David A. Graham

Bristol's Engagement: What Effect on Sarah?

Bristol Palin and Levi Johnston, the parents of Sarah Palin's grandson, Tripp, have announced in Us Weekly that they're engaged and that they hope to marry within six months. Earlier this week we looked at what a federal disclosure from Palin's political-action committee meant for her presidential prospects. Perversely, the nuptial news could have an even greater impact.

George Steinbrenner, Legendary Yankees Owner, Dead at 80

George Steinbrenner, who owned the New York Yankees for 37 years and restored the franchise to its former glory, died Tuesday morning of a heart attack. He was 80. According to a statement released by the family Tuesday morning, he died at his Tampa home.

Sarah Palin Presidential Run Watch: What Does the SarahPAC FEC Report Mean?

Why does a new filing from Sarah Palin's SarahPAC have political circles atwitter? It's the large sums that are going out the door, not the record amounts that the political-action committee raised in the second quarter. Suddenly, a Palin presidential run in 2012—though improbable—looks more likely. But are the numbers all they're cracked up to be?

Confessions of a Hedge-Fund Manager

They were once masters of the financial universe; then they were derided as money-grubbing malcontents. But are they really as evil as they're made out to be?

What Should Obama and Congress Do About Jobs?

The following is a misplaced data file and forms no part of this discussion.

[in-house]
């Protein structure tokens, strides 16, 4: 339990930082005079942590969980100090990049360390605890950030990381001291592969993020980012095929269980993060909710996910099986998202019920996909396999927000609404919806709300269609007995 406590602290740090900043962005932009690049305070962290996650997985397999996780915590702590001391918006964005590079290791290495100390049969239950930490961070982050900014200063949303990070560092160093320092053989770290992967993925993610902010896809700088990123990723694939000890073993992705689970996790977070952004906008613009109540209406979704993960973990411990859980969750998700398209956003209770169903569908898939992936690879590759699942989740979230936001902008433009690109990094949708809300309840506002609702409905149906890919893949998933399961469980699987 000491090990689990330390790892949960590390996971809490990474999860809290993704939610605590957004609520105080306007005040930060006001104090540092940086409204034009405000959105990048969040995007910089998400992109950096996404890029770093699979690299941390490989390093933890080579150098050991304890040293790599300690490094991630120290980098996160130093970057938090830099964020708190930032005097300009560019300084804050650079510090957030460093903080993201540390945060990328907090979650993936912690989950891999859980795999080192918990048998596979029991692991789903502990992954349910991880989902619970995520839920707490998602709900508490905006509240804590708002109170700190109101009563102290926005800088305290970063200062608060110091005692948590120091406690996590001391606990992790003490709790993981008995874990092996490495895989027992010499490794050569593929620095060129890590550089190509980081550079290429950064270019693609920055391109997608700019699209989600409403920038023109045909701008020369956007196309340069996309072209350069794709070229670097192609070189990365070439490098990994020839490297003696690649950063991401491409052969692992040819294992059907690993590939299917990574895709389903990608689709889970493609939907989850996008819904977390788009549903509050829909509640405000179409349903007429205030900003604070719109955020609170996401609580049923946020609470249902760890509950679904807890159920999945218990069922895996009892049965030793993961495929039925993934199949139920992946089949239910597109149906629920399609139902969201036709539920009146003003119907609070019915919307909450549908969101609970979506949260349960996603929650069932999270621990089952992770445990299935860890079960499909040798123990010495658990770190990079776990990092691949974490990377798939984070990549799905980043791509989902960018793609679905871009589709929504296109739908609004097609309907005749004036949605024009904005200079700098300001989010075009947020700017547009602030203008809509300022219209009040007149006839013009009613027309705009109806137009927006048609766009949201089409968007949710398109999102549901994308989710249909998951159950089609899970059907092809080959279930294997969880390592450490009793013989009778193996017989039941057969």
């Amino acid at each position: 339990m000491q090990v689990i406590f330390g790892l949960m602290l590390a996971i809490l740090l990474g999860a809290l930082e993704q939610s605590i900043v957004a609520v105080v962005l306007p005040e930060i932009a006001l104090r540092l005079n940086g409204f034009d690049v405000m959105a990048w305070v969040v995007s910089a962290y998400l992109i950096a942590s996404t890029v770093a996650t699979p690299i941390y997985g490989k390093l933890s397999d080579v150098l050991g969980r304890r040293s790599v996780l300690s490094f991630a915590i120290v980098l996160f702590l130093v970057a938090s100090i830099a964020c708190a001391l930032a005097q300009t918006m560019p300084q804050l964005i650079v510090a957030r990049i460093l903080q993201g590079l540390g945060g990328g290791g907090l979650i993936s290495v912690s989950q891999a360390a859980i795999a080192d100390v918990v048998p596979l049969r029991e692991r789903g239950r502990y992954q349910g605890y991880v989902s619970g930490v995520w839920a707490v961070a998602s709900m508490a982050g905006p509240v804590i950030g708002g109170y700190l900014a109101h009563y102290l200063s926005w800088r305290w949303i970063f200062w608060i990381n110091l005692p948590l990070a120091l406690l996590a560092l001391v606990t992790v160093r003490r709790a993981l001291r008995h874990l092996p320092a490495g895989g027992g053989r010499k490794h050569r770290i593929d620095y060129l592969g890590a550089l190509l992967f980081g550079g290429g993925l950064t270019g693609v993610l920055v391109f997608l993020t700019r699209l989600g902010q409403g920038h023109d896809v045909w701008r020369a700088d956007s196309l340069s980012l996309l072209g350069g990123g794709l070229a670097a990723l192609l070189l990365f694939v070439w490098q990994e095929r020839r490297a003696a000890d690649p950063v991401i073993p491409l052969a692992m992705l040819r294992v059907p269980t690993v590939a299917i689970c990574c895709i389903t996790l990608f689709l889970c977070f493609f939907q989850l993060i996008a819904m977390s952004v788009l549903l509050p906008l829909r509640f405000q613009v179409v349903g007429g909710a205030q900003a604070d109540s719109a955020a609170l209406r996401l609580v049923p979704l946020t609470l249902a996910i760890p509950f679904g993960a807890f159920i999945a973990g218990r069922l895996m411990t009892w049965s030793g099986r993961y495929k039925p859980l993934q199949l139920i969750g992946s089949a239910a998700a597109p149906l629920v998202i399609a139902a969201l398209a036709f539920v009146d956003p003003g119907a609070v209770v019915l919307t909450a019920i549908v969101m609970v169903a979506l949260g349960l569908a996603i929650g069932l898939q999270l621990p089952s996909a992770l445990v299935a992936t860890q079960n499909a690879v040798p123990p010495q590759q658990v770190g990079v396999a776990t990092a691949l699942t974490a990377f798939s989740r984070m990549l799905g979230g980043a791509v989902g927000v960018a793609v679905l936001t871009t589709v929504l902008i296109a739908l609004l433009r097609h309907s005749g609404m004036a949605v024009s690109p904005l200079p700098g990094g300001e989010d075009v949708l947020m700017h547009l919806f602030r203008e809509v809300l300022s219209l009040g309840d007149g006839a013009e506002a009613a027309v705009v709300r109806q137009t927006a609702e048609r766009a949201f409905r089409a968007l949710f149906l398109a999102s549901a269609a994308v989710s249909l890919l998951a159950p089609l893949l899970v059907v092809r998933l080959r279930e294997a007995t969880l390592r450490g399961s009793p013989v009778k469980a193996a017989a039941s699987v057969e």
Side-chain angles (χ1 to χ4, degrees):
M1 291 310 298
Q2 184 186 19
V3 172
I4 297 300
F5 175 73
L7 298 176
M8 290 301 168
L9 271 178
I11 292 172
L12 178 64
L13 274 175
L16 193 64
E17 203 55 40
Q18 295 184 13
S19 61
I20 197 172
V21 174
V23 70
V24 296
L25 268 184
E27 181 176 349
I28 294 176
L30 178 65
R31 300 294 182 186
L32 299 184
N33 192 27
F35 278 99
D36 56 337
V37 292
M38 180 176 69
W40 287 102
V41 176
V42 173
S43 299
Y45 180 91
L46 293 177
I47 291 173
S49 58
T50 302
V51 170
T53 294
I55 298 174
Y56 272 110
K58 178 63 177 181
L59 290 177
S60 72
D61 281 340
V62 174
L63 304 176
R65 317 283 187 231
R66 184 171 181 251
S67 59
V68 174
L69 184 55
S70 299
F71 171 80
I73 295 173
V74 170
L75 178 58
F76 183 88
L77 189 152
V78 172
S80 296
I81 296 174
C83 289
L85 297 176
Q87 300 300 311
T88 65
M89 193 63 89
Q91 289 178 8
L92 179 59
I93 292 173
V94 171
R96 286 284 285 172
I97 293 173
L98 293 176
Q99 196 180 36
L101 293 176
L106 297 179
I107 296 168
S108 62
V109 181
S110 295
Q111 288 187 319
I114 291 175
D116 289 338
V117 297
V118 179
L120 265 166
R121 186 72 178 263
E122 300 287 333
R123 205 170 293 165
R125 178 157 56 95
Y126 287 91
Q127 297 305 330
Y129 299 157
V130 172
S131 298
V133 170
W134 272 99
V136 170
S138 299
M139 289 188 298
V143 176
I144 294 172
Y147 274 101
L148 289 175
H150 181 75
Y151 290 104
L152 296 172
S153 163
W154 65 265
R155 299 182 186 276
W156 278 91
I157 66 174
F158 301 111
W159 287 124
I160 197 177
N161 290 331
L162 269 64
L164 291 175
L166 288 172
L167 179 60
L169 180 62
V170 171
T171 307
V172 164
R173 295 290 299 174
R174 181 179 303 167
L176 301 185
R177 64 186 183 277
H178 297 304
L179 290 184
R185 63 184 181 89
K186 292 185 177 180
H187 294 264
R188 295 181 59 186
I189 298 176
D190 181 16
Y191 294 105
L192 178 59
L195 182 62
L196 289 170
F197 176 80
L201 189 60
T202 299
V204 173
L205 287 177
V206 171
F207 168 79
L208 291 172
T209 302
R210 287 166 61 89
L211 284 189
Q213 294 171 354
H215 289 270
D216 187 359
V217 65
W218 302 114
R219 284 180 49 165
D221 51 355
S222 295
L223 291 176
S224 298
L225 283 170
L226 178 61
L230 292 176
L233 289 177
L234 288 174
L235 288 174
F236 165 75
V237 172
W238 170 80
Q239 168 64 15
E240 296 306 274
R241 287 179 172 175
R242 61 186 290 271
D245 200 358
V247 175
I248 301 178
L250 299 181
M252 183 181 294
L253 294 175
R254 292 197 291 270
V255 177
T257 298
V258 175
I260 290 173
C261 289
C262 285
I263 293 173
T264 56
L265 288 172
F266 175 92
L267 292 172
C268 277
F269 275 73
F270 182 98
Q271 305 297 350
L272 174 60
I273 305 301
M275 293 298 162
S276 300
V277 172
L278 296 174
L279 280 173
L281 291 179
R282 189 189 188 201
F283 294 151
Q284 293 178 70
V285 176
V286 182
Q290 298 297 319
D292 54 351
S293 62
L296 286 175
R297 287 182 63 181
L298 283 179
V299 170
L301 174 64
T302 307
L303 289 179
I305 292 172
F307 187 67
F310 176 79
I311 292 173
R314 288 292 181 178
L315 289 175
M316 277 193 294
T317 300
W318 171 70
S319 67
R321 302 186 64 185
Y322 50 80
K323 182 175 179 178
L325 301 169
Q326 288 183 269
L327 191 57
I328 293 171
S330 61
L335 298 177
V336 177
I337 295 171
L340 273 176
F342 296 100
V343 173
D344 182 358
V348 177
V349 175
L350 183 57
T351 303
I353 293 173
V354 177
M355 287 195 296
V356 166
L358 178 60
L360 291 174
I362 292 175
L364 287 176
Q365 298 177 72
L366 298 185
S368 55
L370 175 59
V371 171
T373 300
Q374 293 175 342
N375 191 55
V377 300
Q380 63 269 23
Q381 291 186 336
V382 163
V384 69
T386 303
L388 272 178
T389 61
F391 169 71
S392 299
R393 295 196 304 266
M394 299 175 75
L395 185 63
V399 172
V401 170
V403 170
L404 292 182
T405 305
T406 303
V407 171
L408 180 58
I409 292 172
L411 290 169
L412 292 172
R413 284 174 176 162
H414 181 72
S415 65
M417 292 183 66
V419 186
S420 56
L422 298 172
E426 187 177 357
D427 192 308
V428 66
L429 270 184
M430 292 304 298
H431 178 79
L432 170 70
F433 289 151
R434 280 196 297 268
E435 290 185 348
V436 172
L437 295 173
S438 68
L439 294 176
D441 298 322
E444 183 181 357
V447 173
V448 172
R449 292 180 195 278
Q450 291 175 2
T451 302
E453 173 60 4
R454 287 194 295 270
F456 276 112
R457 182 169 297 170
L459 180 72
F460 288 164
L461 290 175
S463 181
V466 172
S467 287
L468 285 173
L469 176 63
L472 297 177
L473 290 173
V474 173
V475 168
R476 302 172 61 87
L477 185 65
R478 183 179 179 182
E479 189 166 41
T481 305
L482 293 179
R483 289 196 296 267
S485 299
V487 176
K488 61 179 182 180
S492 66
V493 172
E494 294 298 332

The atrocious jobs numbers released Friday have added new fuel to the already heated debate over what the government should be doing to help unemployed Americans. But for the time being, it remains mostly an academic spat among wonks. The fact is that any real progress on solutions for unemployment has screeched to a halt on Capitol Hill and won't get back on track until at least next week.

Why Jihadists Love the World Cup

You'd expect that jihadists—whose strict Islamist worldview proscribes music, women's education, gambling, drinking, homosexuality, and the shaving of beards—would hate soccer. In fact, they are some of the sport's most ardent fans.

John Boehner's Serious Suggestion on Retirement Ages and the Deficit

House Minority Leader John Boehner is getting some attention today for an interview with the Pittsburgh Tribune-Review—but much of the coverage is missing the point. While his statements on civil unrest and financial reform are splashier, his argument that the retirement age should be increased is a serious and important one.

Who Will Succeed Senator Byrd?